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Finished my first scarf on the new loom. Took me two days. And that’s with kiddlets. It’s great. I used a deep red/copper variegated yarn for the warp, and a heathery brownish-gray for the weft. But more than liking the scarf itself, the important thing is that yes, I still love my new loom. I’m already scheming future projects, especially ones I can do with the big bag of yarn the MIL already has!

It snowed here. A few inches, with a glassy, crispy crust on top. Took the toddler out this morning to frolic. Adorable. The weird flu bug I brought with me (first I had a killer headache, then sore throat so bad I thought maybe it was tonsilitis, then body aches like crazy) caught up to Grandma, so I’m back to solo kid duty. Got a batch of bread dough rising. Annoyed at the Babe for not staying asleep in his crib for any length of time so I can start a new project. Almost feels like home!

Sorry for the quickie posts. I had imagined having more time/desire for the computer while here, but not so much of either.

Happy Snow!

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That’s right dear readers, I’m a weaver! I can use words like “shuttle” with abandon. If you weave, you might even know what the hell I’m talking about!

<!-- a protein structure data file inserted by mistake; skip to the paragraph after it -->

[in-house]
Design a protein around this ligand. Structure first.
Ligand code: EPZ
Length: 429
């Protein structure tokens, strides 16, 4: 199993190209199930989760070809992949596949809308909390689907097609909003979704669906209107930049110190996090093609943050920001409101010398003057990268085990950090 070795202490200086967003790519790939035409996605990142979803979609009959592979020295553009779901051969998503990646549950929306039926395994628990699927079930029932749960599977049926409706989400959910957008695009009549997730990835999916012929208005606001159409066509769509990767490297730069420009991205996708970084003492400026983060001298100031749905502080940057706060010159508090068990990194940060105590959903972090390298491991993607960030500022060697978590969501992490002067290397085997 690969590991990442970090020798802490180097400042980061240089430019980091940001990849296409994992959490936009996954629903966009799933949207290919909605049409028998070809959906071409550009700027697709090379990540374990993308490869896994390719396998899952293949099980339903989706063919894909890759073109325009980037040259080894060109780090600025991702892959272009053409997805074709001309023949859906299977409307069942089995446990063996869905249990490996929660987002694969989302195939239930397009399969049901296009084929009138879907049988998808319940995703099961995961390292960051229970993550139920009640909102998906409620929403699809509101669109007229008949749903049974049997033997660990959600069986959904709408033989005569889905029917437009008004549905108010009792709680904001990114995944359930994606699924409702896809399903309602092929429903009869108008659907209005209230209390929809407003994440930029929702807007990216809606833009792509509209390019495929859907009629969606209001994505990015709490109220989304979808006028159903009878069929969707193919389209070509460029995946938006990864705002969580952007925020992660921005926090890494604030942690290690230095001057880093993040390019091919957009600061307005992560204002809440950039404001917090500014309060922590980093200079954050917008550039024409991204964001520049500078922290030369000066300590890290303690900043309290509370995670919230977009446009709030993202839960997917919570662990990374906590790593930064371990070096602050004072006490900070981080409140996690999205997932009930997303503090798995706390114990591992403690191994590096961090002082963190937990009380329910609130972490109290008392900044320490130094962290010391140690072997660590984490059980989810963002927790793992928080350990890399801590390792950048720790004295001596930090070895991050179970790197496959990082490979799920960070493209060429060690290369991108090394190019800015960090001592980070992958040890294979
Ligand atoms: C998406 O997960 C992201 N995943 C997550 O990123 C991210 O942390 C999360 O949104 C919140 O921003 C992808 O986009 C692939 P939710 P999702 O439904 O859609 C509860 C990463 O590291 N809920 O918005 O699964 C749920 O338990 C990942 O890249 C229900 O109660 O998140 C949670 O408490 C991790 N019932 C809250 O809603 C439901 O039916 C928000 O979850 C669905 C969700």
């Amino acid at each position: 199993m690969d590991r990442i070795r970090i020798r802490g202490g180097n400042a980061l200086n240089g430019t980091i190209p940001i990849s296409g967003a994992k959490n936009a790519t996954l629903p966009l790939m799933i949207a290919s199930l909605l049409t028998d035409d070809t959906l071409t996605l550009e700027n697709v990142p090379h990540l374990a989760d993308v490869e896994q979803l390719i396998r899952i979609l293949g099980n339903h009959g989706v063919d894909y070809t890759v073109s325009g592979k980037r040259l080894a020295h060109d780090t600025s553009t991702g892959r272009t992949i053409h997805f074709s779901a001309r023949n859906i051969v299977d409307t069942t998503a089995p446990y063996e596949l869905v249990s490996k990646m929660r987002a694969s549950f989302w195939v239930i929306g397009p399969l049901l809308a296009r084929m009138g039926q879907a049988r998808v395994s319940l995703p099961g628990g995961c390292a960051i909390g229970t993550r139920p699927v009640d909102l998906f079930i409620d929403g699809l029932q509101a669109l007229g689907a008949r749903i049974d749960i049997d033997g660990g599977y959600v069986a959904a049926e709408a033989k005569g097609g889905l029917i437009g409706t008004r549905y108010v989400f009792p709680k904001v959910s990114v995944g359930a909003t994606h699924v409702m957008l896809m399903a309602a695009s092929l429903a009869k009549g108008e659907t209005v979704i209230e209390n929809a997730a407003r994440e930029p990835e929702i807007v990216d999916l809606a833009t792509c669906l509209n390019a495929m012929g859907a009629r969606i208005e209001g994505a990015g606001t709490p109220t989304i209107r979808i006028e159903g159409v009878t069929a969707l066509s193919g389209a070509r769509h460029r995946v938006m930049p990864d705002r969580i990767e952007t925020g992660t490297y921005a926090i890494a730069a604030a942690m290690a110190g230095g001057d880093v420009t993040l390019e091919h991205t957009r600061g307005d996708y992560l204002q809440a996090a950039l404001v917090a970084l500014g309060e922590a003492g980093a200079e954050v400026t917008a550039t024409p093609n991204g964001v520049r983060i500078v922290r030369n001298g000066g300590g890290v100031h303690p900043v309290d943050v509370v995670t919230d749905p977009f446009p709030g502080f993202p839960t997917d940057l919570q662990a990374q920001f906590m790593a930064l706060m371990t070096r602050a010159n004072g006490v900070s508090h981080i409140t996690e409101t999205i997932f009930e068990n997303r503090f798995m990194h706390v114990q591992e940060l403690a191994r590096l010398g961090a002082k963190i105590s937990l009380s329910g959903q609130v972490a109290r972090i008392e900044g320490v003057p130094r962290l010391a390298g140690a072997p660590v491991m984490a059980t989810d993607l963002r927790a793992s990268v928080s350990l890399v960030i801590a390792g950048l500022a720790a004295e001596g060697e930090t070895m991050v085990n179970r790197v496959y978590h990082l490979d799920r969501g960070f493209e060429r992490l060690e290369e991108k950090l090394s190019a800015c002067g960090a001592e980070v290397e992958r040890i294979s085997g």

Got me a gorgeous little 12 inch Ashford rigid heddle tabletop loom yesterday. Or rather my parents-in-law bought it for me for as an early x-mas present. I warped it this morning, and I’ve got a good 10 inches of red and gray scarf woven already. I am sooooo excited. Geez. Realized yesterday morning when I woke up, and couldn’t care less about glomming onto the computer first thing (like I’ve been doing for months) how much some new and interesting learning project like this has been lacking from my life. There is just nothing like learning, discovering, creating.

I haven’t figured out how to get pictures up yet. Luddite that I am, I don’t have my own laptop (gasp!), so I have to make do with the in-laws computer. Not that it’s inferior, it’s a perfectly fancy mac. But I’m just intimidated by all things electronic, and it’s not the exact system I’m familiar with, so it sets me back with dread. I’ll tackle it soon, so’s y’all can see the sexy new love of my life.

I have to say– okay, I’m only 10 inches in, but so far– it’s everything I’d hoped for! As I throw the shuttle back and forth, I’m trying to figure out why weaving is my fiber craft, not knitting, not crocheting, not spinning, not felting. ‘Cuz boy are the first two so much cheaper to get into, so much more portable and logistically simple. Here’s what I’ve come up with.